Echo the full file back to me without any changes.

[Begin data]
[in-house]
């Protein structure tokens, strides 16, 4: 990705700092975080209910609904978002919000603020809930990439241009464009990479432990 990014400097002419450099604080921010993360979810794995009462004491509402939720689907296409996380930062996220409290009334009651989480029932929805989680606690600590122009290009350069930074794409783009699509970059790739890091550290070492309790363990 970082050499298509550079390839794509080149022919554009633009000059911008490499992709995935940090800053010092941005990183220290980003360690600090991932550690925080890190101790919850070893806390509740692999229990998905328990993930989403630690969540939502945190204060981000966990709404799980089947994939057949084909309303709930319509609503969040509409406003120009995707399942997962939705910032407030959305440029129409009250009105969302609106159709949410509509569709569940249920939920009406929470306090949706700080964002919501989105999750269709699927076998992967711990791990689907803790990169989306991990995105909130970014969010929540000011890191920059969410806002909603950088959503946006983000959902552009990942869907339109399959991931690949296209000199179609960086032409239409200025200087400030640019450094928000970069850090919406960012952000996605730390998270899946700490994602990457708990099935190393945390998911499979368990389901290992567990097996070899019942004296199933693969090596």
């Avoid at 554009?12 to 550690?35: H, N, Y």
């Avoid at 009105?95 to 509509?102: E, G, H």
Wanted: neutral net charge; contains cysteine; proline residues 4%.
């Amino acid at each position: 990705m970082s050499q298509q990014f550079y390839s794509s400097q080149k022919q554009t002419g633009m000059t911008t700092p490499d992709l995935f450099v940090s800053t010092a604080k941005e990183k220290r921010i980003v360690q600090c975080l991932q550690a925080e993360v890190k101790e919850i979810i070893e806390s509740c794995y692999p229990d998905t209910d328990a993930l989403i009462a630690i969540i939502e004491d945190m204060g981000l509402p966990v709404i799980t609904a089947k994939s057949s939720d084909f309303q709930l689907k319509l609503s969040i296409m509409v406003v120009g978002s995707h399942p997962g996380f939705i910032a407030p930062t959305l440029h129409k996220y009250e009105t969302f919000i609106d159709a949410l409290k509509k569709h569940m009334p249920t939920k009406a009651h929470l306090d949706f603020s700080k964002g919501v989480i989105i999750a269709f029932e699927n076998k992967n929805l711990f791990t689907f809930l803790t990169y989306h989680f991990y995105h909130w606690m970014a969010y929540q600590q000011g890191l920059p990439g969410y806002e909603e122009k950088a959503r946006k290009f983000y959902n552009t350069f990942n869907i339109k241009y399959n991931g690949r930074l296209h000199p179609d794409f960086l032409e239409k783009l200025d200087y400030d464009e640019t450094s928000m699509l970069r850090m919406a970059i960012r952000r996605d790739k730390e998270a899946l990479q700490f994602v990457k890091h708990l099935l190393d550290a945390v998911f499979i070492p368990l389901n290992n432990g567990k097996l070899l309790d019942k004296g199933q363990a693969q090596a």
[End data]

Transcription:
[in-house]
């Protein structure tokens, strides 16, 4: 990705700092975080209910609904978002919000603020809930990439241009464009990479432990 990014400097002419450099604080921010993360979810794995009462004491509402939720689907296409996380930062996220409290009334009651989480029932929805989680606690600590122009290009350069930074794409783009699509970059790739890091550290070492309790363990 970082050499298509550079390839794509080149022919554009633009000059911008490499992709995935940090800053010092941005990183220290980003360690600090991932550690925080890190101790919850070893806390509740692999229990998905328990993930989403630690969540939502945190204060981000966990709404799980089947994939057949084909309303709930319509609503969040509409406003120009995707399942997962939705910032407030959305440029129409009250009105969302609106159709949410509509569709569940249920939920009406929470306090949706700080964002919501989105999750269709699927076998992967711990791990689907803790990169989306991990995105909130970014969010929540000011890191920059969410806002909603950088959503946006983000959902552009990942869907339109399959991931690949296209000199179609960086032409239409200025200087400030640019450094928000970069850090919406960012952000996605730390998270899946700490994602990457708990099935190393945390998911499979368990389901290992567990097996070899019942004296199933693969090596």
């Avoid at 554009?12 to 550690?35: H, N, Y």
């Avoid at 009105?95 to 509509?102: E, G, H």
Wanted: neutral net charge; contains cysteine; proline residues 4%.
């Amino acid at each position: 990705m970082s050499q298509q990014f550079y390839s794509s400097q080149k022919q554009t002419g633009m000059t911008t700092p490499d992709l995935f450099v940090s800053t010092a604080k941005e990183k220290r921010i980003v360690q600090c975080l991932q550690a925080e993360v890190k101790e919850i979810i070893e806390s509740c794995y692999p229990d998905t209910d328990a993930l989403i009462a630690i969540i939502e004491d945190m204060g981000l509402p966990v709404i799980t609904a089947k994939s057949s939720d084909f309303q709930l689907k319509l609503s969040i296409m509409v406003v120009g978002s995707h399942p997962g996380f939705i910032a407030p930062t959305l440029h129409k996220y009250e009105t969302f919000i609106d159709a949410l409290k509509k569709h569940m009334p249920t939920k009406a009651h929470l306090d949706f603020s700080k964002g919501v989480i989105i999750a269709f029932e699927n076998k992967n929805l711990f791990t689907f809930l803790t990169y989306h989680f991990y995105h909130w606690m970014a969010y929540q600590q000011g890191l920059p990439g969410y806002e909603e122009k950088a959503r946006k290009f983000y959902n552009t350069f990942n869907i339109k241009y399959n991931g690949r930074l296209h000199p179609d794409f960086l032409e239409k783009l200025d200087y400030d464009e640019t450094s928000m699509l970069r850090m919406a970059i960012r952000r996605d790739k730390e998270a899946l990479q700490f994602v990457k890091h708990l099935l190393d550290a945390v998911f499979i070492p368990l389901n290992n432990g567990k097996l070899l309790d019942k004296g199933q363990a693969q090596a």